Bars and sunsets
While Bang Rak is far from the pinnacle of Samui's food scene, plenty of options will keep you sated. Central Bang Rak has a typical cluster of tourist fare on offer, but walk a bit further and you'll find some better selections.
At the far western end of the beach, just before it peters out to nothing, is Lae Lay Esan Restaurant, which does a solid range of Thai food both on a terrace and down on the beach, where you can squelch your toes in the sand through dinner. Both spots enjoy good views across the water to Ko Pha Ngan. Dishes include standards like pad thai and tom yam, along with haw mok (steamed fish curry), crab in curry powder and steamed fish. Prices are moderate.
A little closer to "town" but still overlooking the beach is Bangrak Beach Club, which has a very well placed swimming pool overlooking the beach and is a good spot for a sundowner (just a drink, not a meal) if you don't want to head out to the bars at the eastern extreme. Closer still to town, but off the beach, you'll find Antica Locanda, a highly recommended to us Italian-run restaurant with pizzas from around 200 baht, pastas 300 baht and mains mostly from 400 baht. Almost next door is Green Leaf, which does a mix of Thai one-plate dishes through to curries, soups and some Western fare, including pizzas. We made do with a simple plate of noodles and had no complaints. You can get away with a meal and a drink for under 200 baht. Green Leaf is attached to Dream Field Resort, which is also well worth a look for a room.
Worth a look in central Bang Rak is Secret Garden, which offers solid Western fare and regular live entertainment -- see their excellent website for a calender of activities. We enjoyed our lunch here: the Secret Garden XXL Cheese Burger (380 baht, diet dashed again) left us stuffed. While the menu does have some Thai food, Secret Garden is mostly all about Western and bar food. With plenty of finger snacks like Dutch bitter balls (140 baht), calamari (170 baht) and French fries (120 baht). Sandwiches and wraps (from 180 to 320 baht) and pasta (from 290 baht) will keep the Thai food-adverse travellers sated, if a good deal poorer. Dinner is likewise Western heavy, with salads (from 220 baht) through to a tenderloin (for a whopping 750 baht). In the evening, the bar is a bit of a hang for Bang Rak's local expat scene, which may not be to everyone's taste, but the food is good.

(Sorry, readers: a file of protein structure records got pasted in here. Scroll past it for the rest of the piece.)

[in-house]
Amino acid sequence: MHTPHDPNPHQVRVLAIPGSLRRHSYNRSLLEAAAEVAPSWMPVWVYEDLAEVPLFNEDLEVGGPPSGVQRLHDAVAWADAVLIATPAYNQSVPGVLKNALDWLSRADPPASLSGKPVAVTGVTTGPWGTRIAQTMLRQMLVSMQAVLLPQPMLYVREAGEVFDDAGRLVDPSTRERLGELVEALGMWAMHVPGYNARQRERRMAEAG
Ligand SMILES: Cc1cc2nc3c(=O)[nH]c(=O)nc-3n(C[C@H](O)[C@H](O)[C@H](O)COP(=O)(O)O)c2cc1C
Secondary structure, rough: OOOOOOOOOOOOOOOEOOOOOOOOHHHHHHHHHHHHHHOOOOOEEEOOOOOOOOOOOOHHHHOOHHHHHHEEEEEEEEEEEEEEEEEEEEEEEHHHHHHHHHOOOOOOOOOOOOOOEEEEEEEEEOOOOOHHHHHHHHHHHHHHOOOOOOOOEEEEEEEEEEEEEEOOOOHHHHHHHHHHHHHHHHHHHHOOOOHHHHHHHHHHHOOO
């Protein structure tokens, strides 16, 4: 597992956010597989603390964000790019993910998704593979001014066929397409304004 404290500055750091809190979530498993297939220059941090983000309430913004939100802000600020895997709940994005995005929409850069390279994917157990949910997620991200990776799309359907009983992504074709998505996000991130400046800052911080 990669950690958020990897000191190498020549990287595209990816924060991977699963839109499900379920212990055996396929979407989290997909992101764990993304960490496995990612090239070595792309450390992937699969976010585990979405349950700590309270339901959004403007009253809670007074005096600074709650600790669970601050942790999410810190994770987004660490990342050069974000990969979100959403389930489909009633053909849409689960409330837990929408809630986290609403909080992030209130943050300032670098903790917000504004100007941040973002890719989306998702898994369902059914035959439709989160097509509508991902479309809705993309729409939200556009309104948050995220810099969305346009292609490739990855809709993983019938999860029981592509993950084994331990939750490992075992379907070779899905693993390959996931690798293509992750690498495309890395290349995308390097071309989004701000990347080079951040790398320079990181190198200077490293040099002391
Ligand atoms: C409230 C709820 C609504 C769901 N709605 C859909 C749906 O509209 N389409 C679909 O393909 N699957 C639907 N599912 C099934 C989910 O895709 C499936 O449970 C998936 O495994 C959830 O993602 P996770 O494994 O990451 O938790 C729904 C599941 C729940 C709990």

A little further to the east you'll hit Samui Pier Resort, which does a good Western breakfast (100 to 240 baht) and they also have a decent kids' breakfast menu, with a few cereals (80 baht), nutella toast (80 baht) and so on. The coffee (50 baht) here is good. Lunch and dinner is a bit of everything, with pizzas and pastas from 240 baht, steaks from 360 baht, burgers from 220 baht and one-plate Thai dishes from 150 baht. While we only had breakfast and a couple of coffees here, we did like it a lot, especially the staff, who were particularly friendly and encourage you to just laze around -- we wish we had had the time to.
Further east again, around the Anantara pier, you'll hit an incongruous mix of Massimo's Italian, some sketchy bars and a meat pie shop (of all things). Massimo's does antipasti for around 150 baht, pizza from 210 baht and typical meat and pasta dishes between 200 and 300 baht. Despite them claiming to be the best pizzeria on Samui, we didn't try it, but it is conveniently located for this end of Bang Rak -- and they deliver!
In the same area and dead opposite the Anantara pier is a Thai rice soup place that does good traditional Thai bag coffee, which is handy if you've had your fill of Nescafe 3 in 1. We had breakfast here for a bargain 60 baht.
Keep going and you'll reach the one stand-out for Thai food we found in Bang Rak: Khao Hom, which sits on the off-beach side of the road and has an extensive Thai menu, including some good southern Thai curries. If you ask them to give it to you spicy, be warned, they will! Most dishes are under 200 baht. We tried a spicy southern pork curry and the gaeng som here also comes highly recommended. They're known for their Samui specialities (the owners are locals) so you can ask for recommendations if you'd like to try something more unusual. It is a bit of a walk from the centre of Bang Rak but worth it.
After Khao Hom, the offerings drop off a bit until after the Seatran pier and Bang Rak's wet market (opposite the junction with the airport road), where the beach curves around and delivers good sunset views. A cluster of bars and restaurants along here are designed to take in the sunset, with Tamarina Bistro and Bar (formerly Big Buddha Cafe) easily the flashest place for a drink and bite to eat -- but just take a stroll and try any that appeals.
While we didn't try it, Amala, the fully vegetarian restaurant at Prana Resorts, comes recommended.
Antica Locanda: T: (077) 245 163; open daily 13:00-23:00; http://www.anticasamui.com/.
Green Leaf: T: (081) 924 7029; daily breakfast to dinner.
Khao Hom: 34/35 Moo 4; T: (087) 413 4084; open daily 09:00-21:00.
Massimo's: 3/1 Moo 4 Bang Rak; T: (083) 967 2496; open daily 14:00-23:00; https://www.facebook.com/Massimos-samui-Italian-Restaurant-207837116054983/.
Secret Garden: T: (077) 245 255; open daily breakfast-late; http://secretgardensamui.com/.
Tamarina Bistro & bar: T: (077) 423 635; http://tamarinabistroandbar.com/
Stuart McDonald co-founded Travelfish.org with Samantha Brown in 2004. He has lived in Thailand, Cambodia and Indonesia, where he worked as an under-paid, under-skilled language teacher, an embassy staffer, a newspaper web-site developer, freelancing and various other stuff. His favourite read is The Art of Travel by Alain de Botton.
Our top 10 places to eat and drink around Ko Samui